Wednesday, September 5, 2012

Teachers and Pushcarts

It's the first day of school today, and for the first time in 27 years (since I was 4) I'm missing it. It's a strange feeling for me, but I know that I'm about to embark on a new experience from which I'll learn more than I could ever imagine, and will also become the most important teaching job that I'll ever have. 

I want to give my appreciation to all my friends and colleagues returning to the classroom today. My thoughts are with you. I hope you all have a smooth start to the school year.

It's hard to be a teacher in America right now. At some point since I started teaching 9 years ago, teaching went from being a profession you proudly announced to one you mumbled about. I'm not sure when or why we've become the villains in society, but it kind of reminds me of the classic children's satire, The Pushcart War, by Jean Merrill. In the book, trucking companies are taking over New York City. There are so many trucks, and they are so big, that traffic is impossible, and rather than take responsibility, the trucking companies decide to find someone else to take the blame. They choose to target the pushcarts, those innocent sellers of produce, pretzels and clothing. They start a secret campaign, and people start to say, "I hear it is the pushcarts who are to blame," even though the 530 pushcarts in the city barely take up the space of a city block, while one big truck left idling in the street can stop traffic for miles. And yet, because every problem needs a scapegoat, the people of Manhattan blame the pushcarts, until the pushcart owners themselves decide to fight back.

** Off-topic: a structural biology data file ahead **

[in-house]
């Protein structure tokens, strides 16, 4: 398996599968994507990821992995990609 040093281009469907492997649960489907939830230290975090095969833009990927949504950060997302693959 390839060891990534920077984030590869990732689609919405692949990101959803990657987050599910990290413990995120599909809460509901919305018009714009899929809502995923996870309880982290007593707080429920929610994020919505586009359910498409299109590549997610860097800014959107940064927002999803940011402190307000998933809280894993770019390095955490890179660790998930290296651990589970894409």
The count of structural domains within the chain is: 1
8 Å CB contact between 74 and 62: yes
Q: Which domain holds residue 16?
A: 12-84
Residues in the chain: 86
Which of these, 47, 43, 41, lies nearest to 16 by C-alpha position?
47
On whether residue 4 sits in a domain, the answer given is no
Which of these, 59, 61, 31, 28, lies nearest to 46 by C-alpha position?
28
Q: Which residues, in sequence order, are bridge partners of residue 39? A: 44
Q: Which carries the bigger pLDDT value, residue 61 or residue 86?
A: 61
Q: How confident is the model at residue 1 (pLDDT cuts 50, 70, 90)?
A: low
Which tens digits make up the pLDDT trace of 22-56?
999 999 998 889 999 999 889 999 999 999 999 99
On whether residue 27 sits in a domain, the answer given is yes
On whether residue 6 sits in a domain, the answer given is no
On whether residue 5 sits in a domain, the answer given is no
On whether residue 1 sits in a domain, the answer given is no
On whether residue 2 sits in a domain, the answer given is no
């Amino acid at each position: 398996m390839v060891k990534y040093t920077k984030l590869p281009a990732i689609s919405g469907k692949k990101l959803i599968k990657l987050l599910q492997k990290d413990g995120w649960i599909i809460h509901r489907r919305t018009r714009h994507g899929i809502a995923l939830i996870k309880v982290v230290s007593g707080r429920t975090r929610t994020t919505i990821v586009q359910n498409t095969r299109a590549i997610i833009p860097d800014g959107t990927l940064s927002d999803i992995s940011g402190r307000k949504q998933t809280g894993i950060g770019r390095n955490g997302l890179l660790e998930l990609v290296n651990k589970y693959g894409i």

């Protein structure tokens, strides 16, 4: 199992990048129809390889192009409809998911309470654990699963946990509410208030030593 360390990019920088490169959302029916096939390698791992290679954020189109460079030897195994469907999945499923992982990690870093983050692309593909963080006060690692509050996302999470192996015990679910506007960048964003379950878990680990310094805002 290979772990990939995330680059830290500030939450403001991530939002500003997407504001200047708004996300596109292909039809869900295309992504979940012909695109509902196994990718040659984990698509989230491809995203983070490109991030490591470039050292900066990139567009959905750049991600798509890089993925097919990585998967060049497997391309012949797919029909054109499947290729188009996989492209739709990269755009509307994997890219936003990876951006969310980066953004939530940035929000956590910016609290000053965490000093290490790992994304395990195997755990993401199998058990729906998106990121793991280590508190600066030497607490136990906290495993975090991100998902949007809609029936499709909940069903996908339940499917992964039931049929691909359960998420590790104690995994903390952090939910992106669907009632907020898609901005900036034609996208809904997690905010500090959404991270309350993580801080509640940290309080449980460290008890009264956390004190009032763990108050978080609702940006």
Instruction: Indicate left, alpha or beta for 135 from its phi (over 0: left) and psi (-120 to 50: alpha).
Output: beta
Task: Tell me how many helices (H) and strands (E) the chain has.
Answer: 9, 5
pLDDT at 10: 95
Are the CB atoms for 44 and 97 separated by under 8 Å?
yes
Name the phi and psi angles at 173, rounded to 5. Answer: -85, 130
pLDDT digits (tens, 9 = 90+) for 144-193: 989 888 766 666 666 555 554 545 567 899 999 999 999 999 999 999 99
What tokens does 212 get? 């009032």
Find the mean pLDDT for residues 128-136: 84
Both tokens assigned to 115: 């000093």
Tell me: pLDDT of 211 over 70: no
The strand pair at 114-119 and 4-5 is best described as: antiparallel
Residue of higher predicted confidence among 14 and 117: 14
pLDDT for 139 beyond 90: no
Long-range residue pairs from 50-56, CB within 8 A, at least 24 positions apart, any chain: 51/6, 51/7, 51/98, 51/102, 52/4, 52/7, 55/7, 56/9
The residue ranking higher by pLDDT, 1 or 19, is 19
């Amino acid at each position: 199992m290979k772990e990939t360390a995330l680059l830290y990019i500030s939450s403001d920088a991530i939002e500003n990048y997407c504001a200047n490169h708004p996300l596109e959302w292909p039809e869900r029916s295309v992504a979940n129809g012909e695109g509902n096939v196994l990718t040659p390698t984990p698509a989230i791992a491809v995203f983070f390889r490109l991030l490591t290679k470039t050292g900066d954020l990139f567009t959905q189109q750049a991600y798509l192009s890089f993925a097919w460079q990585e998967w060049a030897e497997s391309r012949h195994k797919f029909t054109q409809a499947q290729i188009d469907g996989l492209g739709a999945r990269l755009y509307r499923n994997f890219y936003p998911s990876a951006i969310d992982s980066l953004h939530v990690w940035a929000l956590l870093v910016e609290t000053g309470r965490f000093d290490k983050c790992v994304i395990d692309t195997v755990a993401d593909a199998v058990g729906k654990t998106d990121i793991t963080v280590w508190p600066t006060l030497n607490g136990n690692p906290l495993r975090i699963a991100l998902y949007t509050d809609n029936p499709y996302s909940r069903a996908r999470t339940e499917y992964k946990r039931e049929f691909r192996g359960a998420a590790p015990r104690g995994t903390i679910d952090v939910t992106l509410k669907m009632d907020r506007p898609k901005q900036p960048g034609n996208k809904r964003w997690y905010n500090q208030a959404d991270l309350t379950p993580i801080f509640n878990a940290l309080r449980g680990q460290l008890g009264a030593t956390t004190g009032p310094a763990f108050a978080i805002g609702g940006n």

It's a great book, one of my favorites of all time. I still read it as an adult. 

I find it an appropriate analogy because as someone deeply entrenched in the educational system (as a student, a daughter of two teachers, a college student in a education program, and then a teacher myself, the spouse of a teacher, and the close relative of many other teachers and administrators) I see so much passion and hard work from educators. No one lasts in this profession unless they really love and believe in the power of learning. Contrary to belief, this is not a profession in which a person could "phone it in." There are students sitting in front of you every day, waiting for knowledge and understanding, and often for guidance and compassion. It's literally impossible to not respond to their bare need. Like the pushcart owners in the story, we're being blamed for America's larger problems, while our needs, and the true needs of our students, are going ignored or largely misunderstood. 

I'm not making any political argument here, or saying that the educational system in America is excellent. It's not. Any teacher will tell you that. We all know the system is broken- we fight against it every day. But it is not the teachers who are to blame. We are all doing the best we can with the resources we have, and we're doing it with passion. 

So teachers, as you go back to work today, remember to be proud of who you are and what you do. America may not value us right now, but America's students need us. 

In the meantime, take a lesson from the pushcarts, and don't let the trucks push you around.


  1. Leanne, this is wonderfully written, and you are wonderful for writing it with such conviction, passion, and truth. This (and you) are an inspiration to all teachers, and to those who care about education.

    1. As you are one of my primary inspirations, I am honored that you think so!